Mortgage rates rose for a second week, buoyed by a selloff in the bond market, even as housing faces a grim reminder of unfinished work in the mortgage market.
The 30-year fixed-rate mortgage averaged 4.54% in the Sept. 5 week, according to Freddie Mac’s weekly survey, up two basis points. The 15-year fixed-rate mortgage averaged 3.99%, up from 3.97%. The 5-year Treasury-indexed hybrid adjustable-rate mortgage averaged 3.93%, up eight basis points.
Those rates don’t include fees associated with obtaining mortgage loans.
Mortgage rates follow the path of the benchmark U.S. 10-year Treasury note. Bond prices have ticked down, pushing yields up, as the rosy economic data of the past week made safe-haven assets less attractive.
Thursday is an auspicious anniversary for Freddie and its counterpart, Fannie Mae. It’s 10 years to the day since the United States government hustled the two companies, on the brink of a liquidity crisis, into state control.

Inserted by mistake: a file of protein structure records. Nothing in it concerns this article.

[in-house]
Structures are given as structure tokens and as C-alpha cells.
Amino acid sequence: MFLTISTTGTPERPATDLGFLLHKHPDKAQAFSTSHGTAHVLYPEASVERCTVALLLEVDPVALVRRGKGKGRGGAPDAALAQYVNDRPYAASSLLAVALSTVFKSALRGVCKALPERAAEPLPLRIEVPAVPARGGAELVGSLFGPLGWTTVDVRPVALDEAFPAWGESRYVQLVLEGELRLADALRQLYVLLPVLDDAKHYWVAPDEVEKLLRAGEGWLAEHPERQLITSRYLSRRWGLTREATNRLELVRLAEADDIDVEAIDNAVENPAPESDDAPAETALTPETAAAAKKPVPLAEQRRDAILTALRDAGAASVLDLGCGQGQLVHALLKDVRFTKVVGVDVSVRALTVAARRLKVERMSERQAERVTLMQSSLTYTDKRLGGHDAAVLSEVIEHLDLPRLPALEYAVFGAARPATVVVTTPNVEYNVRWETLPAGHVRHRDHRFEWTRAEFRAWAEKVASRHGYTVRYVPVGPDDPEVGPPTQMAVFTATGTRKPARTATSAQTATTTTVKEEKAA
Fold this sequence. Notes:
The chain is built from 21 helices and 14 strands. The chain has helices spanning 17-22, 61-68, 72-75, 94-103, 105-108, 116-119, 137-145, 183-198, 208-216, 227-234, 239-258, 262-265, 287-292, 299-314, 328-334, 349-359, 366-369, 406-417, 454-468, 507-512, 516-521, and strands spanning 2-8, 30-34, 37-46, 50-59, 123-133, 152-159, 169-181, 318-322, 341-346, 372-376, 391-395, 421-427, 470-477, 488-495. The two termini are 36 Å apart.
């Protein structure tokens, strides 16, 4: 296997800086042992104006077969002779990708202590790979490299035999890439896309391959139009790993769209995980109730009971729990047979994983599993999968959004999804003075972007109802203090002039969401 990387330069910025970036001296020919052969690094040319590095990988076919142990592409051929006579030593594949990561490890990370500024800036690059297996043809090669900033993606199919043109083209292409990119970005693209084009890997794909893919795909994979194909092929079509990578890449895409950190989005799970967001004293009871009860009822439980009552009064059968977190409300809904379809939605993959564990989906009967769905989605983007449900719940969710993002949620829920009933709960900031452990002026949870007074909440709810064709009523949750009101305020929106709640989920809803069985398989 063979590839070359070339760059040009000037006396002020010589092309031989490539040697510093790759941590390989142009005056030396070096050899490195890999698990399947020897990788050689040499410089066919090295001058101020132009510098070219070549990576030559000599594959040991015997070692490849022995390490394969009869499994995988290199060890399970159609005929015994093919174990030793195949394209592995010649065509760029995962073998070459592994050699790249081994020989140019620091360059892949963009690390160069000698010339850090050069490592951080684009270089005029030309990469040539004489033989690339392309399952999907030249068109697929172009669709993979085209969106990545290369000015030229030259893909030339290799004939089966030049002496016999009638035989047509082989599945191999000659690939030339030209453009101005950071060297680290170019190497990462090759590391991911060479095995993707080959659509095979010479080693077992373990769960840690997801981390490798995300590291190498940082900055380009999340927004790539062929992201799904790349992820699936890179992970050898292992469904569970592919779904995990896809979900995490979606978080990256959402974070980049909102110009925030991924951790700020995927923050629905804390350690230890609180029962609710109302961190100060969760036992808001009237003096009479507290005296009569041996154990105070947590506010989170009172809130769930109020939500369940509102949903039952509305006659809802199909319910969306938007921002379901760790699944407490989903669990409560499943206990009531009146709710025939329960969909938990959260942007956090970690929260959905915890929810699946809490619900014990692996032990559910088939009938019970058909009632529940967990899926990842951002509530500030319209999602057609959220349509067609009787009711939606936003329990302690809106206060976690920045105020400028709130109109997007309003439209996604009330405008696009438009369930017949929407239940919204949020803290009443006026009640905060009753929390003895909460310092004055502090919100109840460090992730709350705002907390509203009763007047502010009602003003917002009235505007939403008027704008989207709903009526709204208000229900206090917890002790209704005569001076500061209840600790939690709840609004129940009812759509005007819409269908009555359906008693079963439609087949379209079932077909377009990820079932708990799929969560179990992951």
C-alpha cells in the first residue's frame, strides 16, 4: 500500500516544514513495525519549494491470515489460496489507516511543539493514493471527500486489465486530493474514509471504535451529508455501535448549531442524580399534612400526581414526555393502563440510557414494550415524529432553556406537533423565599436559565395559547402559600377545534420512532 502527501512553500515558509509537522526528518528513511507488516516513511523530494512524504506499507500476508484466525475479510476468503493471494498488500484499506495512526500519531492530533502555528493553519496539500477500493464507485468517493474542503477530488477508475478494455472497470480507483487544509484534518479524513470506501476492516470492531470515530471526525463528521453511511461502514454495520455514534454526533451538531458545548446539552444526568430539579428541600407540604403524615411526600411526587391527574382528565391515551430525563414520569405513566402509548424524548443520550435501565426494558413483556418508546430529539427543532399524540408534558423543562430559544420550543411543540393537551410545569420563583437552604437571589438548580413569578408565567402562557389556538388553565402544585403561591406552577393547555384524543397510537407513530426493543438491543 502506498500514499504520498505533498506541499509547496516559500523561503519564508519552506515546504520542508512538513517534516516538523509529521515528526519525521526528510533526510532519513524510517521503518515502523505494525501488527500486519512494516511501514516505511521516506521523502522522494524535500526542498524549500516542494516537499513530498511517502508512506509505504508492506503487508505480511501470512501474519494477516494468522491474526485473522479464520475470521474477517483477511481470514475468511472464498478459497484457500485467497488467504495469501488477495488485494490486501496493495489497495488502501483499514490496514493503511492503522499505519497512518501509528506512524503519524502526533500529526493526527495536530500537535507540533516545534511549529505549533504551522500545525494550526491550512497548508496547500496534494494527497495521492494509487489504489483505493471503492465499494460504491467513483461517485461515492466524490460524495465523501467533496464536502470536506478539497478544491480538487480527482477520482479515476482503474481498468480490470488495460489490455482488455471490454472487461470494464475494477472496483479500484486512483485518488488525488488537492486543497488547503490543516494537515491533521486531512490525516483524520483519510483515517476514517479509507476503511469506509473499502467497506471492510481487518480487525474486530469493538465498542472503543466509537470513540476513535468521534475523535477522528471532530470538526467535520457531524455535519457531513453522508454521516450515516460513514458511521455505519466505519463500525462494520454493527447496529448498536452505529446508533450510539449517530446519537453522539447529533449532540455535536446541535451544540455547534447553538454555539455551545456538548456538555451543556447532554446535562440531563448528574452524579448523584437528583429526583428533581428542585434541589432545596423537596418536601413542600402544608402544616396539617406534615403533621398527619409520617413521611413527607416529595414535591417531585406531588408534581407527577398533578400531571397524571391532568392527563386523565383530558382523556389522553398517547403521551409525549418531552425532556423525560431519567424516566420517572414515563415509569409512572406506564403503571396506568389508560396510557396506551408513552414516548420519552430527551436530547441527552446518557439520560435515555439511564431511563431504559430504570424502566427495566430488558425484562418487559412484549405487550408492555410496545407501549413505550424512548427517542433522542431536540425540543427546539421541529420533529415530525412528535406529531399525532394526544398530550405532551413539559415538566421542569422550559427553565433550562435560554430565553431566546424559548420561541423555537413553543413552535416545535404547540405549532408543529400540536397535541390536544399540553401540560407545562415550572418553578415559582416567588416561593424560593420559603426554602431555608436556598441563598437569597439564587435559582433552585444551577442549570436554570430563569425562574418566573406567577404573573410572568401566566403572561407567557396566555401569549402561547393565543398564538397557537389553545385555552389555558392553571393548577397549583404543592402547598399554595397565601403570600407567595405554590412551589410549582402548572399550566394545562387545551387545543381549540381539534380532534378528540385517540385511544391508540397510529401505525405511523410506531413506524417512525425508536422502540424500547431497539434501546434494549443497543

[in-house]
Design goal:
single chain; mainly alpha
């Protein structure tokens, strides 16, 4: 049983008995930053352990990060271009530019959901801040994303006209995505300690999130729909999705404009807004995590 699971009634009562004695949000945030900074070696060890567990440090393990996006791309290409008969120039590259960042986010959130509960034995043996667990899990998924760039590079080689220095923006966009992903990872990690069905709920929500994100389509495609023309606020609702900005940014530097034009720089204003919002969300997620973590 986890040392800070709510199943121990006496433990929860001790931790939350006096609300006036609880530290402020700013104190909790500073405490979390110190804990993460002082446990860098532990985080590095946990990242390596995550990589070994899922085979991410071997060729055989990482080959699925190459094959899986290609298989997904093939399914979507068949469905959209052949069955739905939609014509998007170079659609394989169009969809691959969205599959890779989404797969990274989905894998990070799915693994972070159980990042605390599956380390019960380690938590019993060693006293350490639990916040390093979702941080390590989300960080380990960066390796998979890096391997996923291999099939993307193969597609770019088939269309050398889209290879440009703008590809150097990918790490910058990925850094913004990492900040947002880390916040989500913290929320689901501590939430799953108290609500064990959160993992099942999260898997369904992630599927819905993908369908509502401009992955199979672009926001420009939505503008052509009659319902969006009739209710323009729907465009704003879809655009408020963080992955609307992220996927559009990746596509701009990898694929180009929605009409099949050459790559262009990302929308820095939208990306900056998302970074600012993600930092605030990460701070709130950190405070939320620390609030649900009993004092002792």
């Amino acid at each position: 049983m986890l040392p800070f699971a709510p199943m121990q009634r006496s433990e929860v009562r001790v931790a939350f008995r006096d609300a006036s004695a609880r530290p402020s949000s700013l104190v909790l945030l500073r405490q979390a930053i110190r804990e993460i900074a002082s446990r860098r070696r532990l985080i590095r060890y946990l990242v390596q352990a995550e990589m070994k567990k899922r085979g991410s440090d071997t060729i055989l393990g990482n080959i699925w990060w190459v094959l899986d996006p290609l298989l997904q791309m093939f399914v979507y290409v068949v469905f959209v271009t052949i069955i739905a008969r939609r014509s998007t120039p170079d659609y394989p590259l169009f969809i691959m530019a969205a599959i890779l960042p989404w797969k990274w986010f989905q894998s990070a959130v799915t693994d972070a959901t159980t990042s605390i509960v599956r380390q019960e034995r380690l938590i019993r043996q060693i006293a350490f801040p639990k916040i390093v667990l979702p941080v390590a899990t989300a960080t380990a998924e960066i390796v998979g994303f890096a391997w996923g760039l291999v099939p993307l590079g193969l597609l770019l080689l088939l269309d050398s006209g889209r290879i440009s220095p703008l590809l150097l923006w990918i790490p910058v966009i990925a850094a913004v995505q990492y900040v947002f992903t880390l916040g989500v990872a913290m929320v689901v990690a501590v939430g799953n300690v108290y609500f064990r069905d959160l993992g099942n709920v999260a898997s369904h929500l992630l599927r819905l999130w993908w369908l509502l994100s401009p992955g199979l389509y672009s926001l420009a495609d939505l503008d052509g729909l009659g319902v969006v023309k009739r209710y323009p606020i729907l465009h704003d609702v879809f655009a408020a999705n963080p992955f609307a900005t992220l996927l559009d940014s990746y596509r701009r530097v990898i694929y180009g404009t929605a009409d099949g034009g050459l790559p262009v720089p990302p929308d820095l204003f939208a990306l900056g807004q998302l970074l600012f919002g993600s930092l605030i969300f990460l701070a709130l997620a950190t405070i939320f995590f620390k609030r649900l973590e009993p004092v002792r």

That arrangement, known as conservatorship, was meant to be temporary, until Congress found a permanent, stable path forward. But that hasn’t happened. Still, many observers of the two enterprises have argued that over the past decade, they’ve reformed themselves into the staid, dependable guarantors that the American mortgage market has long needed, with no support from Washington.
Fannie and Freddie help the housing market by buying mortgages from banks and other lenders, enabling those financial institutions to free up their balance sheets for more lending. The enterprises shed their own risk by, among other things, selling securities to investors. More certainty — and more capital — would help the two companies, and might in turn bolster the housing market, which is flagging.
“This weakening in affordability is hindering many interested buyers this fall, even as the robust economy brings them into the market,” Khater said. “The good news is that purchase mortgage applications have recently rebounded to above year ago levels.”